Roberta Flack: Public School Teacher and Grammy Award Winning Music icon

imagesMany people have heard of the Grammy Award-winning songwriter and singer Roberta Flack, whose best-known songs are “The First Time Ever I Saw Your Face,” “Killing Me Softly With His Song,” and “Where Is the Love?” But did you know that this famous jazz, folk, and R&B icon was once a public school teacher?

Roberta Cleopatra Flack was born February 10, 1937, in Black Mountain, North Carolina, although she was raised in Arlington, Virginia. Her mother was a church organist, so Roberta grew up in a musical household. At the age of nine, Roberta began to study classical piano, and by the time she was fifteen, she had won a music scholarship to Howard University. She completed her undergraduate work and her student teaching as the first African American student teacher at an all-white school near Chevy Chase, Maryland. Then Roberta accepted a position teaching music and English in Farmville, North Carolina, a gig which paid her only $2,800 per year. She also taught junior high school in Washington, DC, and at the same time she took side jobs as a night club singer. It was there that she was discovered and signed to a contract for Atlanta Records. The rest, as they say, is music business history.

In recent years, Roberta’s contribution to education came when she founded an after-school music program entitled “The Roberta Flack School of Music” to provide free music education to underprivileged students in the Bronx, New York City. 

Roberta Flack: Truly a Chalkboard Champion.

Dr. George Fischbeck: Dynamic Science Teacher and TV Weatherman

 

imagesThere are many fine examples of talented educators making a mark in fields outside of education. A notable example of this is George Richard Fischbeck, a former science teacher who became a well-known television weatherman in Albuquerque, New Mexico, and in Los Angeles, California.

George was born on July 22, 1922, in the small town of Wallington, New Jersey, and raised in Farmingdale, New Jersey. The oldest of four children, he was the son of George and Johanna (Mohlenhoff) Fischbeck. His father was a farmer and his mother was a teacher.

Always an avid student of nature, George first became interested in meteorology when he was stationed in Hawaii with the US Army during World War II and the Air National Guard during the Korean War. Once he was discharged, George attended the University of New Mexico, where he earned both a bachelor’s and a master’s degree in education. Then he worked in Albuquerque as a teacher in a career that spanned 23 years.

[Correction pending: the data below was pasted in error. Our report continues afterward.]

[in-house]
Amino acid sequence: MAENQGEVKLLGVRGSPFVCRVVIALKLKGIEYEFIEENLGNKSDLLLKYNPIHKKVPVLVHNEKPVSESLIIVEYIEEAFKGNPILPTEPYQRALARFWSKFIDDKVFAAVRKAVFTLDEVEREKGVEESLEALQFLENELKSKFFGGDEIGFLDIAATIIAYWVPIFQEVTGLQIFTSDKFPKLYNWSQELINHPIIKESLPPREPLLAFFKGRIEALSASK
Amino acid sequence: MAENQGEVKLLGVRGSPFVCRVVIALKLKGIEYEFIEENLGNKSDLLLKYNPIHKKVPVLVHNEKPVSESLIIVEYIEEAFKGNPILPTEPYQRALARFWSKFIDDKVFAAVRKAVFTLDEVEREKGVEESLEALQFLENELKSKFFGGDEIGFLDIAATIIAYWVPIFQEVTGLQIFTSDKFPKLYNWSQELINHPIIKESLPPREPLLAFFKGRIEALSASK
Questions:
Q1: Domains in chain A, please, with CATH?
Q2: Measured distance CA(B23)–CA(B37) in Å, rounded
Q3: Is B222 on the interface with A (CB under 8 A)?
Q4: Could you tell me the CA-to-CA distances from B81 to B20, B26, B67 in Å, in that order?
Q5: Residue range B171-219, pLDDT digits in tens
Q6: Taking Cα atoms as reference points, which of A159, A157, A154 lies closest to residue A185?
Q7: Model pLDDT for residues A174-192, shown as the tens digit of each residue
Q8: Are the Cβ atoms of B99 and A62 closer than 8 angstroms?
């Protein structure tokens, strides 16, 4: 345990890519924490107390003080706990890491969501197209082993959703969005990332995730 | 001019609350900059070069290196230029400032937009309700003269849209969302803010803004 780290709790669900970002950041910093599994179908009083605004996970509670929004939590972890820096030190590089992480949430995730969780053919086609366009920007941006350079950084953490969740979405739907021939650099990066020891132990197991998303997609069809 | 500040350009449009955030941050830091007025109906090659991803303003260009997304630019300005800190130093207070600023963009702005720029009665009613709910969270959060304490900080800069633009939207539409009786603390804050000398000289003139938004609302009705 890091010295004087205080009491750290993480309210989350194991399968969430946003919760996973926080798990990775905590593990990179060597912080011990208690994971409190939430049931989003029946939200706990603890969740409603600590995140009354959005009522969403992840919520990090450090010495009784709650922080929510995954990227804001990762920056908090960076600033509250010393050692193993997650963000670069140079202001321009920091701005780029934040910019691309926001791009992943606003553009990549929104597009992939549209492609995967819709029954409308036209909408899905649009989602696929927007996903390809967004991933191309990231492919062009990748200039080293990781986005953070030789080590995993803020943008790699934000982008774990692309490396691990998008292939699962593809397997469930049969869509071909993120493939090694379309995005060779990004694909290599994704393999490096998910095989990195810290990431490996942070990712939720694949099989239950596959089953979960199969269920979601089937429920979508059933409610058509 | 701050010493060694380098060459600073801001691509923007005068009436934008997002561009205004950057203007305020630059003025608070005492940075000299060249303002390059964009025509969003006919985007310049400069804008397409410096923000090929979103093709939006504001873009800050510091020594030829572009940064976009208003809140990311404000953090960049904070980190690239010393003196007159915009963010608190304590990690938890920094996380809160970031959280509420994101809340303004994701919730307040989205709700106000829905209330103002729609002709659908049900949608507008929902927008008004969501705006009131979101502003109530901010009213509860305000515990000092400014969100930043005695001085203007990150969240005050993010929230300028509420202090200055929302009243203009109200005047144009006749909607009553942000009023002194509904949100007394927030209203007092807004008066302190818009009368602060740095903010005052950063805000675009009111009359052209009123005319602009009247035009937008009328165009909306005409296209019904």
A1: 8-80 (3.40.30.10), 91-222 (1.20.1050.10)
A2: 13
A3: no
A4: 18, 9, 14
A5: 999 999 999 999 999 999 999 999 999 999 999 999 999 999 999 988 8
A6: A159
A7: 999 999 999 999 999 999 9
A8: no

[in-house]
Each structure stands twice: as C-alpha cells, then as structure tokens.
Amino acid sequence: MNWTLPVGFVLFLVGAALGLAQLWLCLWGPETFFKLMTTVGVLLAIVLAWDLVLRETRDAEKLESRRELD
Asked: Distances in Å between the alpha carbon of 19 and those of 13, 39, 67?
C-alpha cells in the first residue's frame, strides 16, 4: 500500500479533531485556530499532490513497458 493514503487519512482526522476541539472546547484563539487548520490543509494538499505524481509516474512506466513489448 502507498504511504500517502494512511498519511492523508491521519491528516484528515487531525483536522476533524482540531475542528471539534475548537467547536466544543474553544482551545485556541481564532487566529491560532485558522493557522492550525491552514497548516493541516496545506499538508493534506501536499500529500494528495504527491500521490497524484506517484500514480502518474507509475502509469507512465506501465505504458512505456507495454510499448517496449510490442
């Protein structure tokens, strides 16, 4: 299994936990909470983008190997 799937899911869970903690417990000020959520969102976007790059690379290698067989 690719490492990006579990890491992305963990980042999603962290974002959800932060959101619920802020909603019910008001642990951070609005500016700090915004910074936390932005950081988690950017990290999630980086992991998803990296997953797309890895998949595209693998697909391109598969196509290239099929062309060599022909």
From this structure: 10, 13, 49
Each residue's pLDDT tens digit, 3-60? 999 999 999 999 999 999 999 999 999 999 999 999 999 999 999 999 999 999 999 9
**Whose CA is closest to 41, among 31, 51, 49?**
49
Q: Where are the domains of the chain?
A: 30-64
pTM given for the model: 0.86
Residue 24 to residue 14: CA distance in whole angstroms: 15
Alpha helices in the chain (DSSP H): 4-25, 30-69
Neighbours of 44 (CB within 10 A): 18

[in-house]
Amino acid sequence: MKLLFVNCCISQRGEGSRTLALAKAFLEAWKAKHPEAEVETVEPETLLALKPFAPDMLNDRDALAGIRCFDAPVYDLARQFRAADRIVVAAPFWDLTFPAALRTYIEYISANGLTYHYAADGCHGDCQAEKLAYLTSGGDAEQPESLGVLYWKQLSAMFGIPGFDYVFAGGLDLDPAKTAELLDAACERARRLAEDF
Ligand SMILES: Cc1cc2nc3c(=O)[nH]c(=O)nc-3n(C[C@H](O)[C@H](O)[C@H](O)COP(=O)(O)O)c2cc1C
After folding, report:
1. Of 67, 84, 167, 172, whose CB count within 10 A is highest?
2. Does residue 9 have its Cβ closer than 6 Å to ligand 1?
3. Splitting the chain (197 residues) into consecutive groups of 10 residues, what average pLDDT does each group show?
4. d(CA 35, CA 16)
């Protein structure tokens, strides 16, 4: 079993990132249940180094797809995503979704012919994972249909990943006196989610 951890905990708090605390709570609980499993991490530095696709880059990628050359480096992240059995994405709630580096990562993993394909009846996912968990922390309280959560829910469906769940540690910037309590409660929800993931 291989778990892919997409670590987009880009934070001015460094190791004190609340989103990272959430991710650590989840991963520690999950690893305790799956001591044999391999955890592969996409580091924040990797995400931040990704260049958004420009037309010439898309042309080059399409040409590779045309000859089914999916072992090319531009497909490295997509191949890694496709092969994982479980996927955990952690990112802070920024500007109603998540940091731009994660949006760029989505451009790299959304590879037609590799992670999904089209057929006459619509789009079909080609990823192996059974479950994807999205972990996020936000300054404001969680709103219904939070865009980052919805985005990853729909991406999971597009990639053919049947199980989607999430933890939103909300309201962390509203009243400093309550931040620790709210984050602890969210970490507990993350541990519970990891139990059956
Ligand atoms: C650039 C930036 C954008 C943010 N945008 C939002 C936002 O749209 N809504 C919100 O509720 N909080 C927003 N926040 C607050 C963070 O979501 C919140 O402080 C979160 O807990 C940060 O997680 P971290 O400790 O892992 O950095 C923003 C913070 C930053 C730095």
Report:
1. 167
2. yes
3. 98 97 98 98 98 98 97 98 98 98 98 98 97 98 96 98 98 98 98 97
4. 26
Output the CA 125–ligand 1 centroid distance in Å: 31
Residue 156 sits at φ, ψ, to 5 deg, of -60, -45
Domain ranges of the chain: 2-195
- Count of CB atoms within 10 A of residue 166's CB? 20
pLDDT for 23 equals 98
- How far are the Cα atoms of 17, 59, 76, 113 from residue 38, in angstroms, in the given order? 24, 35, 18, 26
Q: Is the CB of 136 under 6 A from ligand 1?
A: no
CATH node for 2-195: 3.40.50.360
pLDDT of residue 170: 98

His daughter, Nancy Fischbeck of Woodland Hills, once described her father as a whirlwind of energy, and he focused it on teaching others about how nature works. “That’s what my childhood was, and why it was so exciting,” she  said. “We’d do experiments up on the roof, collect meteor fragments on the mesas in New Mexico, or make clouds in a bottle. He was such a great science teacher.”

After he retired from teaching, George launched his career as a television personality as the host of a children’s science program in Albuquerque. Known popularly throughout his 20 years on TV as “Dr. George,” he was well-known for his non-scripted and humorous broadcasts, and for his bow ties, thick-rimmed glasses, and mustache. “That was the classroom. He was the old professor and that was the look,” Nancy remembered. “The old professor with the mustache, glasses, and pointer.”

Dr. Fischebeck could see the obvious similarities between his two careers. “I come from a family of teachers, and I’ll tell you one thing about teaching, if you can get a kid’s attention you can teach them anything,” he once said during an interview. “You’ve got to do whatever you can to make sure they’re listening to you and not doing anything else. And then you can teach them.” It was a strategy that also worked with his television audiences.

For his service to youth, George garnered a Silver Beaver Award from the Boy Scouts of America in 1979.  He was honored again in 2003 when he was given the Los Angeles Area Governor’s Award for Lifetime Achievement by the Academy of Television Arts and Sciences. He was given an honorary doctorate in humanities from Albuquerque University.

George retired from television in 1997. Once he retired, he became a guest speaker in Los Angeles schools, served as a volunteer with the Los Angeles Zoo, and worked with the Los Angeles Police Department Volunteer Surveillance Team. This amazing educator and television personality passed away from natural causes on March 25, 2015, at the age of 92.


Patrick Seitz: Animated Move, Anime and Video Game Voice Over Artist—and High School English Teacher

patrick_seitz_full2There are many fine examples of teachers who have made their mark in professions other than education. Such is certainly the case for David Patrick Seitz, a high school Language Arts teacher who has also distinguished himself as a voice actor, script writer, and ADR director. ADR means automated dialogue replacement, and is commonly known as “dubbing.”